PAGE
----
Of course not. Then why do we have advocates of intelligent design pseudoscience evaluating the Texas state science standards for evolution? Among the intelligent design proponents evaluating the Texas science curriculum is Stephen Meyer, an armchair non-scientist who has proven over and over that he doesn't grasp even the basics of the theory he claims to be so astutely criticizing.

From the Dallas Morning News:
Social conservatives on the State Board of Education have appointed three evolution critics to a six-member committee that will review proposed curriculum standards for science courses in Texas schools.

Two of the appointees are authors of a book that questions many of the tenets of Charles Darwin's theory of how humans and other life forms evolved. One of them, Stephen Meyer, is also vice president of the Discovery Institute, a Seattle-based group that promotes an explanation of the origin of life similar to creationism.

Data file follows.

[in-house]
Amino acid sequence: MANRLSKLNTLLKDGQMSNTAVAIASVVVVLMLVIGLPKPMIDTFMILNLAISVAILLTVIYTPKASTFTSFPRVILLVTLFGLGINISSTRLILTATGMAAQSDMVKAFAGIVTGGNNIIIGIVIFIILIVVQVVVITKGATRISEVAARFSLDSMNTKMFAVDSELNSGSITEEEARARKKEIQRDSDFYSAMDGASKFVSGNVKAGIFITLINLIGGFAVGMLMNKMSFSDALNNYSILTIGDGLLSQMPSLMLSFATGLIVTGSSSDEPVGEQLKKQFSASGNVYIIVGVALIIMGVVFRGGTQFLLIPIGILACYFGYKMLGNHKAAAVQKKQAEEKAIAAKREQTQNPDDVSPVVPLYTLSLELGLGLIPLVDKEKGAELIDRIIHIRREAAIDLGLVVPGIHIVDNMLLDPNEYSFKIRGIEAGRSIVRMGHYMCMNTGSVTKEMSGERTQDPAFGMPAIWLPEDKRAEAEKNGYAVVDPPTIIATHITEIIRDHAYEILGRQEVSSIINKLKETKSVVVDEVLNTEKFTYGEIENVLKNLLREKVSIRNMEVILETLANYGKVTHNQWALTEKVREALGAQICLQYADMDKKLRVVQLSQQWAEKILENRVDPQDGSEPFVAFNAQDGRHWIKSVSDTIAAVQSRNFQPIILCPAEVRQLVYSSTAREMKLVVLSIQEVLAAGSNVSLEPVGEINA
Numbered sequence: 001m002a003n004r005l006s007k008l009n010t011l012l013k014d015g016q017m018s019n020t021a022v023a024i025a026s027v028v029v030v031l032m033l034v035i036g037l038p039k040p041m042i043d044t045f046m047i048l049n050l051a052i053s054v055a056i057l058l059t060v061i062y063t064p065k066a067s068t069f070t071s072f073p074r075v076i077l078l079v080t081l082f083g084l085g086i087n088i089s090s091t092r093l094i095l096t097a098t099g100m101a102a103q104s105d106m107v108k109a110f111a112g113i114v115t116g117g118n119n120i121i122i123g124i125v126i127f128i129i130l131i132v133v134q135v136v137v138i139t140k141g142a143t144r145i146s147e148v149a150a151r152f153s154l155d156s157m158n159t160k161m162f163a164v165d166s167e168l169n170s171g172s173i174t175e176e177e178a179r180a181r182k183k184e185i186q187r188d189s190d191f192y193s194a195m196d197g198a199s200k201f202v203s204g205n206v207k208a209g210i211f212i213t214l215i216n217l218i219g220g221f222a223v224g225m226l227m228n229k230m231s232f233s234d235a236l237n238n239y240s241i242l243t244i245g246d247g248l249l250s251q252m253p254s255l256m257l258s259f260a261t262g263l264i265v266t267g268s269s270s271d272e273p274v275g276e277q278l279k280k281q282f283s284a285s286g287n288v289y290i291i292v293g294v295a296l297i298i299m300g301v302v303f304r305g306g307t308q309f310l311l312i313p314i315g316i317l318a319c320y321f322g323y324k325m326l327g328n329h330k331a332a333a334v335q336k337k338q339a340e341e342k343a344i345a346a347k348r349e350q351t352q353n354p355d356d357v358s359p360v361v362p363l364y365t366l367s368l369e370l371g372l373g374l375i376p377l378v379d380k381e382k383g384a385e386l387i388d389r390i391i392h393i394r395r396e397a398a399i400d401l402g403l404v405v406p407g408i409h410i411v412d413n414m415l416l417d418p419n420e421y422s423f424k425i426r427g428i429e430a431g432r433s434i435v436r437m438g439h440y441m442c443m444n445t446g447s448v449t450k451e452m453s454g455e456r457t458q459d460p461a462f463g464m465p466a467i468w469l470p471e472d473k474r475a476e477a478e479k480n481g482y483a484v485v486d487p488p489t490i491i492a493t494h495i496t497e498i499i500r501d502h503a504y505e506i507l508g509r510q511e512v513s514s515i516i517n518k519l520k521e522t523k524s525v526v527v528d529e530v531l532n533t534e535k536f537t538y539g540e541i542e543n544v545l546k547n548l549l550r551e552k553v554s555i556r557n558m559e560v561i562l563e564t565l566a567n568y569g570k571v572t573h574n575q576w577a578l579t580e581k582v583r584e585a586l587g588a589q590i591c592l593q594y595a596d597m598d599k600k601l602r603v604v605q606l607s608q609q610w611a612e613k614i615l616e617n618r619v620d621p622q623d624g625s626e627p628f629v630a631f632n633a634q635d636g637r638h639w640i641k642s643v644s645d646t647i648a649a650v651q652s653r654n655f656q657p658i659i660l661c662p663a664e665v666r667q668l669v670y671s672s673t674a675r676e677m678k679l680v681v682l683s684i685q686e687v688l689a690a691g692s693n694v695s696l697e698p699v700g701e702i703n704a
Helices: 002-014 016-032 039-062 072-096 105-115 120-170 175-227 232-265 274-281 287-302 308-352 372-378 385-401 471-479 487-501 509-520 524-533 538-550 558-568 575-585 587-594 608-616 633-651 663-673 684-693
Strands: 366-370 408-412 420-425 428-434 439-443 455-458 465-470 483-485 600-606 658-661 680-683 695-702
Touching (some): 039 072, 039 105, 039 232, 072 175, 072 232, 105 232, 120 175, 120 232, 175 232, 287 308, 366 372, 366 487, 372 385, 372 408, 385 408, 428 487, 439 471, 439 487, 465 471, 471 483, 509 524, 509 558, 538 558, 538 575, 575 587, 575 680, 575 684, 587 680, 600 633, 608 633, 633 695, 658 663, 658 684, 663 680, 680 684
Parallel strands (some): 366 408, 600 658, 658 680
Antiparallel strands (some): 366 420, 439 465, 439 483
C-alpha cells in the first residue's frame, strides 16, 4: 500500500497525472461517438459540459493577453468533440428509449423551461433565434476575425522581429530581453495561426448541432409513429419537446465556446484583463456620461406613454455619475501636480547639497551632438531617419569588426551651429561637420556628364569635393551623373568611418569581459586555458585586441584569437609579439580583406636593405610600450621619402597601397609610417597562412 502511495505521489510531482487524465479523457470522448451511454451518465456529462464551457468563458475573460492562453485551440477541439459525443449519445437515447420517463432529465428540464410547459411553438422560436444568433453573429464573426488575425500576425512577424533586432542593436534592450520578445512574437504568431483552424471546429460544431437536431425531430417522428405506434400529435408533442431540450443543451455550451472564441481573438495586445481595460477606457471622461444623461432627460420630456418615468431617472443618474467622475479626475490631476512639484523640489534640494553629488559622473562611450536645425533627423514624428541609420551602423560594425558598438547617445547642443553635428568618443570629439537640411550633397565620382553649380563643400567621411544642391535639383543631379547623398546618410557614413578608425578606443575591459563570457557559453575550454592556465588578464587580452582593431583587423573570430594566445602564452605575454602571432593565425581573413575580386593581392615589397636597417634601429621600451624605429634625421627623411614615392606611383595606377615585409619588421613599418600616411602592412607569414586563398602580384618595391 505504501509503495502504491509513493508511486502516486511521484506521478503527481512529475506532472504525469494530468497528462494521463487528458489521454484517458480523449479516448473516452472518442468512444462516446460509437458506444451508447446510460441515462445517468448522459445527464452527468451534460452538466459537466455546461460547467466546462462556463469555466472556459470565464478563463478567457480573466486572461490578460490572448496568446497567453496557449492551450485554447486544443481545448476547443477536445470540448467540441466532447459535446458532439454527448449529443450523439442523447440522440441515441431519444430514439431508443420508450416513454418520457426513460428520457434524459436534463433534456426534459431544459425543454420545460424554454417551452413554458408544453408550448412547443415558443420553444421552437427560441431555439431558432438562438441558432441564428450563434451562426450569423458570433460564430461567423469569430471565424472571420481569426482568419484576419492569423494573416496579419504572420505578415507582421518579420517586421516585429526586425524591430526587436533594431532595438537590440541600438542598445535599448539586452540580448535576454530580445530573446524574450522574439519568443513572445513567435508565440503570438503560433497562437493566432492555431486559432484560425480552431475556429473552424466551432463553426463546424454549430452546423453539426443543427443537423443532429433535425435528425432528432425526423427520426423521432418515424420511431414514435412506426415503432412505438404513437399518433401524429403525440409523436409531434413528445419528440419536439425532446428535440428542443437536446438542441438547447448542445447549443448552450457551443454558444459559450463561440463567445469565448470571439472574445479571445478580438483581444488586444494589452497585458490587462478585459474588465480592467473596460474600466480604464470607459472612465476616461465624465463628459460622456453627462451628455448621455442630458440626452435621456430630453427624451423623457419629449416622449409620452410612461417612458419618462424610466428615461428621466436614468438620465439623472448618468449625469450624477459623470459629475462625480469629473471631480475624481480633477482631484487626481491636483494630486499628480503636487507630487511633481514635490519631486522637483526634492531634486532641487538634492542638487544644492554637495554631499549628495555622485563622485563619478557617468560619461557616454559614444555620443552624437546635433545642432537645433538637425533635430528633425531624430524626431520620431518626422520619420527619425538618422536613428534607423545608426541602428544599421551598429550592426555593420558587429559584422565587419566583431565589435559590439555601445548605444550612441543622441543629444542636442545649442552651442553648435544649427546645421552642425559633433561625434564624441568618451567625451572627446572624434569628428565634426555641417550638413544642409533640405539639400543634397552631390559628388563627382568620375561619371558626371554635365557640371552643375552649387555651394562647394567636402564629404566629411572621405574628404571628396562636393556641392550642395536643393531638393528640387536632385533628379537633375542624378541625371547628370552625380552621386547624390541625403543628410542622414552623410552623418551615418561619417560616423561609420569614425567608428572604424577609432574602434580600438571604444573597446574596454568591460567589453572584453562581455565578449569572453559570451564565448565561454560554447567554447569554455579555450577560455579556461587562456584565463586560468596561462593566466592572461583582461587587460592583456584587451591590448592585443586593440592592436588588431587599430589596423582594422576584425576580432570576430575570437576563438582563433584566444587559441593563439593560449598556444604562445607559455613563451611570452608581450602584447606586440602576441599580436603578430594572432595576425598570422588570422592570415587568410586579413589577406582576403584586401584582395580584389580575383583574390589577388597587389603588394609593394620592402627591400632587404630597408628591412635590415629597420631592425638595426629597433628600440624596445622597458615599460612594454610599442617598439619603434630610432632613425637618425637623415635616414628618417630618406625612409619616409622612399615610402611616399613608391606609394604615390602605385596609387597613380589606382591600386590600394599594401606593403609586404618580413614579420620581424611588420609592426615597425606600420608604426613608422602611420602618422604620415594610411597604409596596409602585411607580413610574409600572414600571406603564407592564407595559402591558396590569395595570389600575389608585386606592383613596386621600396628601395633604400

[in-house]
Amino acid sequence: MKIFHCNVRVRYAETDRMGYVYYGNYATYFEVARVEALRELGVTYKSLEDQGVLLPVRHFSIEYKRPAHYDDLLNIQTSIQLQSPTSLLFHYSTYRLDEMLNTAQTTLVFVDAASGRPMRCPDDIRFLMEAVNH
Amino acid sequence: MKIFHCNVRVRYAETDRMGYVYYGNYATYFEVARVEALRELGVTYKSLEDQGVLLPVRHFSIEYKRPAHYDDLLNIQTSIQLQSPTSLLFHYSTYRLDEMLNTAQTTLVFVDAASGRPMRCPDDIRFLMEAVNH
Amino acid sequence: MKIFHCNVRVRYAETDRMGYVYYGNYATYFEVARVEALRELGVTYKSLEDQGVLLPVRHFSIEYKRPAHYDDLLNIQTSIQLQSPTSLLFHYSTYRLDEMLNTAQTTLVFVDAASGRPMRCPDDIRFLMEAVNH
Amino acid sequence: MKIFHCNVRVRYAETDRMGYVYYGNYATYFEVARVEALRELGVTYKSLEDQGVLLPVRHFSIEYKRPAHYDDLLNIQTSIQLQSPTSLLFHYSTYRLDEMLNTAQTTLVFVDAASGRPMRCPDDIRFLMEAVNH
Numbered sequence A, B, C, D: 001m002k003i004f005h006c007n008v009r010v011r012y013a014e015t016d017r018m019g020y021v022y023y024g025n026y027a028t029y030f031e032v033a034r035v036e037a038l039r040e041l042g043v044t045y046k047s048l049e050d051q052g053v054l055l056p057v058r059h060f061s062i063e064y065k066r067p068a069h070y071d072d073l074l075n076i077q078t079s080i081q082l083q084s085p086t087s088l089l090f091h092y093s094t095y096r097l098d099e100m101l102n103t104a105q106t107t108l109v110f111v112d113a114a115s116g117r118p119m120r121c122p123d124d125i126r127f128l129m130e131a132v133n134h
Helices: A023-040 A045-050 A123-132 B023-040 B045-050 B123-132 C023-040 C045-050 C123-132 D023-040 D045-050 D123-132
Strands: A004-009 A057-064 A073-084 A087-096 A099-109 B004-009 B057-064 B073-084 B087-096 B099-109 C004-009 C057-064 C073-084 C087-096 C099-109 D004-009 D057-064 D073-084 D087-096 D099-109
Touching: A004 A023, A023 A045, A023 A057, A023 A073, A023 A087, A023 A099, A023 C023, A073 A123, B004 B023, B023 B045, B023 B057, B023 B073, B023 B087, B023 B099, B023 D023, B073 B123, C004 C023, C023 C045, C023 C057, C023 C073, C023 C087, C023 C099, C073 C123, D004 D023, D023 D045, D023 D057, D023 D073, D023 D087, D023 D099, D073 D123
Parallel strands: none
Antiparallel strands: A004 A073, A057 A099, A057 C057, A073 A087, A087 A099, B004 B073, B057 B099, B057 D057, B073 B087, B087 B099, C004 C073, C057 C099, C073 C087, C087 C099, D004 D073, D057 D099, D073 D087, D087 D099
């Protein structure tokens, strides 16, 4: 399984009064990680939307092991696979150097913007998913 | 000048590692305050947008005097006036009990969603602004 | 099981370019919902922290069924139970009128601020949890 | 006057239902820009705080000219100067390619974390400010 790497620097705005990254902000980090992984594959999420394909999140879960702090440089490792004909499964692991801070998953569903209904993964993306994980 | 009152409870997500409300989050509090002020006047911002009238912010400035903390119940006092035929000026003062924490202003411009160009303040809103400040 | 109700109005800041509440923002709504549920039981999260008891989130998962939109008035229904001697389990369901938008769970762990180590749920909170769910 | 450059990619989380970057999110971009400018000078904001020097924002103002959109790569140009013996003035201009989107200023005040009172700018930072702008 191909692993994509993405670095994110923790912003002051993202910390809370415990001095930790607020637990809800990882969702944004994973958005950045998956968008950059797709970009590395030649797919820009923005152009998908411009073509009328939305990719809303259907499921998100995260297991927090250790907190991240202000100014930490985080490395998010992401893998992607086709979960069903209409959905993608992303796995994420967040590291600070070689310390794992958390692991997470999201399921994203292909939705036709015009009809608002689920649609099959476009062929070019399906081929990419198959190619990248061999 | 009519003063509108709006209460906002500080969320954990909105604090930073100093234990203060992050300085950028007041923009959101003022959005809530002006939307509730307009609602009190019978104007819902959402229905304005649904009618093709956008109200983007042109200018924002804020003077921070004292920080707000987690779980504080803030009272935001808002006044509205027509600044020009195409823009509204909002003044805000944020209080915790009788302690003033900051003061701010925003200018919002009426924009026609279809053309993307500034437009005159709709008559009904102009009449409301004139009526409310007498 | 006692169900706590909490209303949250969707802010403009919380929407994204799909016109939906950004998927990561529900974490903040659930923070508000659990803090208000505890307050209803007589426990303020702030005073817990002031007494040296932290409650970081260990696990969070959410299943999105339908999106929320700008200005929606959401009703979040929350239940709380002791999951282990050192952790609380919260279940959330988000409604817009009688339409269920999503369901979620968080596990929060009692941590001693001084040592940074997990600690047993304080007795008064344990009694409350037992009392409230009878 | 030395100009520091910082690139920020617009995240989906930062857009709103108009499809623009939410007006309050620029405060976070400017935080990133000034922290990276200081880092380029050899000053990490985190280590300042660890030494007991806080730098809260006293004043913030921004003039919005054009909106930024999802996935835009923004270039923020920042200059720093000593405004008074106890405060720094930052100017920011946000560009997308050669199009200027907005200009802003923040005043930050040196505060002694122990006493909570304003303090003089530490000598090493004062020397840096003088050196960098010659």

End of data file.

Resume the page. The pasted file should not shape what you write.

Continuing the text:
Stephen Meyer has no particular expertise in evolution or biology, and hasn't bothered to directly deal with the actual research results of the science he criticizes. He's got no expertise in pedagogy (his latest textbook avoids conclusions and is internally inconsistent). The only thing he can bring to this reviewing committee is a determination to undermine the teaching of real science of evolution, in hopes that misled Texas children will be more likely to fall back on pseudoscience.

H.T. to the NCSE.